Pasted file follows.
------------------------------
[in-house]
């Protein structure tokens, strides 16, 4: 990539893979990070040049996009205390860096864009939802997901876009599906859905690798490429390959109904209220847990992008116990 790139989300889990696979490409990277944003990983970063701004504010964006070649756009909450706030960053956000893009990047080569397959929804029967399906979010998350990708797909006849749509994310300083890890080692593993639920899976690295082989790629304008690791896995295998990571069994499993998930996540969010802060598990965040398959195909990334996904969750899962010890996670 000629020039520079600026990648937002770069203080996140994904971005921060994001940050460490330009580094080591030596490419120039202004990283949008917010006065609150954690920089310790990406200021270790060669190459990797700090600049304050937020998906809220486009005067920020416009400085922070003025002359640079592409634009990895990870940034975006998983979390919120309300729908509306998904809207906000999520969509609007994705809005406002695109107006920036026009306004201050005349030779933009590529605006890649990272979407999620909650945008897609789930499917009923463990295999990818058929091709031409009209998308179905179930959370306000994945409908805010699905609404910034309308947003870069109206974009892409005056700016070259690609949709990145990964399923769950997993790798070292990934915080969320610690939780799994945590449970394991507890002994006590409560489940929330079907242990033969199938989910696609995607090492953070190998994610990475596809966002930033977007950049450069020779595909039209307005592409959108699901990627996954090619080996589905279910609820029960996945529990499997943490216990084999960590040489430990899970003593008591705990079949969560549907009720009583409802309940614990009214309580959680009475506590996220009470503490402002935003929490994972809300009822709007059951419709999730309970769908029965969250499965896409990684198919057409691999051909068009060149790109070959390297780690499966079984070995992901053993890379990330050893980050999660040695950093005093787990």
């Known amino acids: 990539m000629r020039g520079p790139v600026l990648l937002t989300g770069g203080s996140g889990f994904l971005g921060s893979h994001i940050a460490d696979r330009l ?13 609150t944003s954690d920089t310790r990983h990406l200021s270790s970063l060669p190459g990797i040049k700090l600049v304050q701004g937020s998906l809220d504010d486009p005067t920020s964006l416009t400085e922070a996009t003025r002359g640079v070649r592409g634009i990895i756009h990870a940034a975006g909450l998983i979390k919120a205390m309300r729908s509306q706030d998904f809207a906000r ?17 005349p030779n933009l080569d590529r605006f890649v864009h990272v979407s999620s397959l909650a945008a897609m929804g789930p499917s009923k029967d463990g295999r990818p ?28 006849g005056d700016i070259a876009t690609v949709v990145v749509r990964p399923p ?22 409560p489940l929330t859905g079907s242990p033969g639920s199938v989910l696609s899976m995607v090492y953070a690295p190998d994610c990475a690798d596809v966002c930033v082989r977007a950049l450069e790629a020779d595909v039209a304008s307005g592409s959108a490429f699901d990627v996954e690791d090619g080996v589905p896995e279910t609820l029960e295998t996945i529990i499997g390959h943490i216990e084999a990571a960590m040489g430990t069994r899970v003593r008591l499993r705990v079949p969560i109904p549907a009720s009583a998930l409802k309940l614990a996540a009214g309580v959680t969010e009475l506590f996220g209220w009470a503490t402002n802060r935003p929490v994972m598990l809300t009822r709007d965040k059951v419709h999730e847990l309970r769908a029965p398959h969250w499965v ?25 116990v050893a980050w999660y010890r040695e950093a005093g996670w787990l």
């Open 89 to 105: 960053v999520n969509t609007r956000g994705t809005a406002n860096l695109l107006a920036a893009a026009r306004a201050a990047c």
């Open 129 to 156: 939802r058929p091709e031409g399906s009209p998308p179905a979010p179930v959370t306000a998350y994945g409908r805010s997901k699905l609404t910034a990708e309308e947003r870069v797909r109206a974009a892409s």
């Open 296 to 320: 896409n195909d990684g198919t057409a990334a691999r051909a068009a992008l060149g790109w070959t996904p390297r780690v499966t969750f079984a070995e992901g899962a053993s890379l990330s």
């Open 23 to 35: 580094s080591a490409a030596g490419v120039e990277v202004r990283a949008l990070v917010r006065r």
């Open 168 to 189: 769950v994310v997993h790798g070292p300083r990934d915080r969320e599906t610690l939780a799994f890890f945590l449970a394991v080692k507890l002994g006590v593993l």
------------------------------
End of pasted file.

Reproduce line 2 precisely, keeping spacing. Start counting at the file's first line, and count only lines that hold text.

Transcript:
């Protein structure tokens, strides 16, 4: 990539893979990070040049996009205390860096864009939802997901876009599906859905690798490429390959109904209220847990992008116990 790139989300889990696979490409990277944003990983970063701004504010964006070649756009909450706030960053956000893009990047080569397959929804029967399906979010998350990708797909006849749509994310300083890890080692593993639920899976690295082989790629304008690791896995295998990571069994499993998930996540969010802060598990965040398959195909990334996904969750899962010890996670 000629020039520079600026990648937002770069203080996140994904971005921060994001940050460490330009580094080591030596490419120039202004990283949008917010006065609150954690920089310790990406200021270790060669190459990797700090600049304050937020998906809220486009005067920020416009400085922070003025002359640079592409634009990895990870940034975006998983979390919120309300729908509306998904809207906000999520969509609007994705809005406002695109107006920036026009306004201050005349030779933009590529605006890649990272979407999620909650945008897609789930499917009923463990295999990818058929091709031409009209998308179905179930959370306000994945409908805010699905609404910034309308947003870069109206974009892409005056700016070259690609949709990145990964399923769950997993790798070292990934915080969320610690939780799994945590449970394991507890002994006590409560489940929330079907242990033969199938989910696609995607090492953070190998994610990475596809966002930033977007950049450069020779595909039209307005592409959108699901990627996954090619080996589905279910609820029960996945529990499997943490216990084999960590040489430990899970003593008591705990079949969560549907009720009583409802309940614990009214309580959680009475506590996220009470503490402002935003929490994972809300009822709007059951419709999730309970769908029965969250499965896409990684198919057409691999051909068009060149790109070959390297780690499966079984070995992901053993890379990330050893980050999660040695950093005093787990």